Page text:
Holly jolly holiday etiquette with Santa Jay

Yes, Virginia. There is a Santa Claus!

Santas all over the country do gig work during the holidays for pay. Some are professional and some…not so much.

A quick Google search on how to find Santa in KC brings thousands of results. So when choosing a Santa to hire for an event or simply to take your child to see, how do you make sure you get a great Santa and not one of those dreaded Bad Santas we hear about in films?

By day, Santa Jay works for William Jewell College. By night he runs KC Santa and is also a professional Santa who recently made an appearance at a Love Fund for Children holiday event. While there, he took photos with infants, children, parents, volunteers, and even KC Wolf. Afterward, spoke with us about what it takes to be a great Santa, especially during these uncertain times.

“Being a Santa is a calling. For me, it started at 16. I had amazing experiences as a small child and I wanted to try to re-create those personal experiences,” says Santa Jay. He went on to describe his work as both an art and a responsibility.

“I am in family photos and video forever. I become a part of the family.”

Santa Jay acknowledges that folks looking to hire a last-minute Santa this year have plenty of information that should empower them before making a decision. The top of the line Claus For Hires out there have their own insurance and provide a yearly background check. Aside from Santa Jay’s company KC Santa, you can also check out Gigsalad.com (a website to hire all kinds of entertainers) or HireSanta.com (which is a nationwide Santa Claus agency.)

Santa Jay cautions that some of these larger sites use stock images of generic Santas instead of the actual performers. So double-check before you invite some rando down your chimney.

During last year’s holiday season, there was a large trend towards virtual Santa visits. This also brought about a rise in socially distant visits with Santa behind a plexiglass barrier and wearing a face shield. At these events, families were required to be masked at all times.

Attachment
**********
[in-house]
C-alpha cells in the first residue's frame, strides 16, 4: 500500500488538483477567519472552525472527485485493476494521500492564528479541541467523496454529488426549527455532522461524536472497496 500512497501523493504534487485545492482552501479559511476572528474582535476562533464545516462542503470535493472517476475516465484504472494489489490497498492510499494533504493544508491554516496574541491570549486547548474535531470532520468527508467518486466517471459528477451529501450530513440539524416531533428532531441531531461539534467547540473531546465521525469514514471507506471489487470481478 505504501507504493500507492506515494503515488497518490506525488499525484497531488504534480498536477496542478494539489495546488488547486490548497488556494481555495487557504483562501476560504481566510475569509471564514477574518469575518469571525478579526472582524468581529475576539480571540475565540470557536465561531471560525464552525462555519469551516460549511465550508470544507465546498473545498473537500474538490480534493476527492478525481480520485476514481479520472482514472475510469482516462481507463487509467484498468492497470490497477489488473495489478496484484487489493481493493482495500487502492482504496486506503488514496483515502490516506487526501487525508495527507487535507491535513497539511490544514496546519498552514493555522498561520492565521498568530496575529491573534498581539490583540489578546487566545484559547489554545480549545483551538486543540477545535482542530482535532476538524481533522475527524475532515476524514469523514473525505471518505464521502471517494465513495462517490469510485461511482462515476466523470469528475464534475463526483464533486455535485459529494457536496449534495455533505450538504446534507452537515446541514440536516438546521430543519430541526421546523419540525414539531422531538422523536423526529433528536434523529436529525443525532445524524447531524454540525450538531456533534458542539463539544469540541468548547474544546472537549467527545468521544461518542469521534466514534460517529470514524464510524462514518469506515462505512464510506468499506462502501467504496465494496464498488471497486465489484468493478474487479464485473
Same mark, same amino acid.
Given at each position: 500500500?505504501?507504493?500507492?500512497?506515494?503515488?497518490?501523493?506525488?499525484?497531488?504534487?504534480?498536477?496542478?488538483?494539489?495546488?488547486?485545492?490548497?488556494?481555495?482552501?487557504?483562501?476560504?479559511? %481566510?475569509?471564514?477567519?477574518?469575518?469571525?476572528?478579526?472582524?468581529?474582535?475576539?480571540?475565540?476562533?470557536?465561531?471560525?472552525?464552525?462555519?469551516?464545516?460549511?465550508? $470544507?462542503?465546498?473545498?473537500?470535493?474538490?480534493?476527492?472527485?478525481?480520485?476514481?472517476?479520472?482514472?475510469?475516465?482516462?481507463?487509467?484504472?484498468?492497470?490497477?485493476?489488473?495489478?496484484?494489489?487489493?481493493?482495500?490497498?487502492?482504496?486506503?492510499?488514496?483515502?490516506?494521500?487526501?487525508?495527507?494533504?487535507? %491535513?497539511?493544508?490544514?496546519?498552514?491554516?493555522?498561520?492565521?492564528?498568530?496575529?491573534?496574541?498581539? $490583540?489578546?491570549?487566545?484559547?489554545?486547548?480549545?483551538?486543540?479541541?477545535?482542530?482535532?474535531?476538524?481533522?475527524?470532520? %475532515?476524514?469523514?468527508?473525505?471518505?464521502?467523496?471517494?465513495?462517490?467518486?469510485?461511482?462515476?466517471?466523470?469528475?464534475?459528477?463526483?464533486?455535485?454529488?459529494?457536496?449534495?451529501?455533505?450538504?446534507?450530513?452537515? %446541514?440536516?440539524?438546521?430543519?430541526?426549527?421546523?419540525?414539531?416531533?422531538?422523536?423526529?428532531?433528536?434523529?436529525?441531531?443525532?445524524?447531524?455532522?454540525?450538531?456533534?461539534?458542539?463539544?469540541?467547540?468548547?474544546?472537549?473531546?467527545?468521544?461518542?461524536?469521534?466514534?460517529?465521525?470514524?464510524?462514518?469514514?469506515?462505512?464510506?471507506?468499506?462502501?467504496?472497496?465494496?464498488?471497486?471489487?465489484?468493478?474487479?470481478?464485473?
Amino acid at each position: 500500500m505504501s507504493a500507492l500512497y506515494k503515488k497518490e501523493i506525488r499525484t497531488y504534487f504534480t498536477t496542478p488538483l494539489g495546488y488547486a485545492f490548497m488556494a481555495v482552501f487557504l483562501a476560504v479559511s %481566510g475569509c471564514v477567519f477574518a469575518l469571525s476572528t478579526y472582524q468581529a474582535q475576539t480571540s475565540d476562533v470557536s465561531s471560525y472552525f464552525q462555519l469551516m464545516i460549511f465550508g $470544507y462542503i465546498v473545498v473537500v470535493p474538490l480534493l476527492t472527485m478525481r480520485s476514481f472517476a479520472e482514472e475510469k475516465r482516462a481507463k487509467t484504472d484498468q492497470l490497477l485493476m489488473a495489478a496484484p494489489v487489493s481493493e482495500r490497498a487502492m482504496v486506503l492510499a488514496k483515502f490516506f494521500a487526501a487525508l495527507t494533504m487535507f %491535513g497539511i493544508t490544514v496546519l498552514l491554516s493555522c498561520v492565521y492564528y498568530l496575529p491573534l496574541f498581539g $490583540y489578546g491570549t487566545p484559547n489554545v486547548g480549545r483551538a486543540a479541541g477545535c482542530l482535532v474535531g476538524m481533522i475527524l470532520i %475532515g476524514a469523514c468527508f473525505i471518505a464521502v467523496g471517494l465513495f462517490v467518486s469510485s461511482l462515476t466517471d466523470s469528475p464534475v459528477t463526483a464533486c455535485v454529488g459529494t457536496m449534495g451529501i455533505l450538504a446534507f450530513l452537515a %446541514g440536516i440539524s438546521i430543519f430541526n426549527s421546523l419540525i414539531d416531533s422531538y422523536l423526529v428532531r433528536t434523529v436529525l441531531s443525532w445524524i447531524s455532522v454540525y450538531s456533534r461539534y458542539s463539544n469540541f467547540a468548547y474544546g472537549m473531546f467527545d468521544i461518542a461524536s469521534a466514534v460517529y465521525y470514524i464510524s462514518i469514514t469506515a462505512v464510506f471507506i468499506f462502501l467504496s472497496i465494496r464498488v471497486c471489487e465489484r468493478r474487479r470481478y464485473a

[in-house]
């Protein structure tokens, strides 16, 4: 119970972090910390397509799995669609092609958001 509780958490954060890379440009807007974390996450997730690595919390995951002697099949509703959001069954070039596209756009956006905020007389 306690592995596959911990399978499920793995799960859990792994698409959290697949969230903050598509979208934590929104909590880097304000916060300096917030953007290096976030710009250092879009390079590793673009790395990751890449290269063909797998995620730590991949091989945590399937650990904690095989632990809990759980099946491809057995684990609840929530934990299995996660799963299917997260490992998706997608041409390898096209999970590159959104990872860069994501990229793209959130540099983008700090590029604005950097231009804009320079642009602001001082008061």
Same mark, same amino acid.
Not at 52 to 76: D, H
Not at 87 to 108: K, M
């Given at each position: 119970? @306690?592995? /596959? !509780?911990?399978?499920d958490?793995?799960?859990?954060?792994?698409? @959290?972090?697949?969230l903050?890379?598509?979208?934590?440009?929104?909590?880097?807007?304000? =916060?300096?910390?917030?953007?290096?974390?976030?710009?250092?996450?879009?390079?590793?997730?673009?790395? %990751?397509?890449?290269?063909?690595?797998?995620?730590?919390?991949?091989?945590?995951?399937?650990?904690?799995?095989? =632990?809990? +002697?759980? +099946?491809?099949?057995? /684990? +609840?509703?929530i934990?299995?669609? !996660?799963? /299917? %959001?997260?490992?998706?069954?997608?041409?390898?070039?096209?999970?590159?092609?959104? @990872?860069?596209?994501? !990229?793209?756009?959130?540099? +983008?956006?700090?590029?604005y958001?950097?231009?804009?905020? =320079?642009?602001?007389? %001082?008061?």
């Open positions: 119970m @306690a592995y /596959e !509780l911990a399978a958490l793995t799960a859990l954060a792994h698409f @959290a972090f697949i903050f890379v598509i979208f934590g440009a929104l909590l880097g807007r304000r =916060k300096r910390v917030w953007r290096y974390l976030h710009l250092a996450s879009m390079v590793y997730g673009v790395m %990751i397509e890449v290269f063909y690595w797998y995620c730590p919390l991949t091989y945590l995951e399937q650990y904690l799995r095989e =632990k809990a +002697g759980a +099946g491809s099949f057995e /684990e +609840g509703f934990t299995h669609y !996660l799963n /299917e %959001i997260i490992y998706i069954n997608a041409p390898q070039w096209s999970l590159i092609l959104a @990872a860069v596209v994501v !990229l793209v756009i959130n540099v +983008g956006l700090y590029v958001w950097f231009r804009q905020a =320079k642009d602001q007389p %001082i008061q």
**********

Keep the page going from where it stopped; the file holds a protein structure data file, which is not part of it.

Santa Jay looks back on this pivot in the Kringle industry and denotes both the pros and cons. There were zero “diaper incidents” on his lap, which is certainly in the pro column. Conversely, having conversations with children between a glass barrier and masks made the usual “whispering a gift request into Santa’s ear” more of a “trying to shout so everyone can hear.”

Ahead of last round trips to parties and malls where one might encounter the holly jolly old man, Santa Jay suggests that you prep your children for understanding who it is you consider Santa to be in your life. Is he a lifelong family friend here to spread love and cheer? Is he someone more magical but still not a stranger? This context all reduces the chance of a kid reacting poorly to the situation. Nothing goes over worse than saying “Here’s Santa!” and simply placing your child in the care of a large, bearded man they have never seen before.

That’s how the “diaper incidents” happen.

Santas around the world are asking this year that, as things ease back towards normalcy, that you consider defaulting to the level of safety that would protect Santa, your family, and all the other kids to pass through on a given day.

“I encourage parents to do what they are most comfortable with,” Jay says. “I am fully vaccinated and boosted. But if you know your child is sick, don’t bring him to Santa. I would feel horrible if I passed it on to someone else.”

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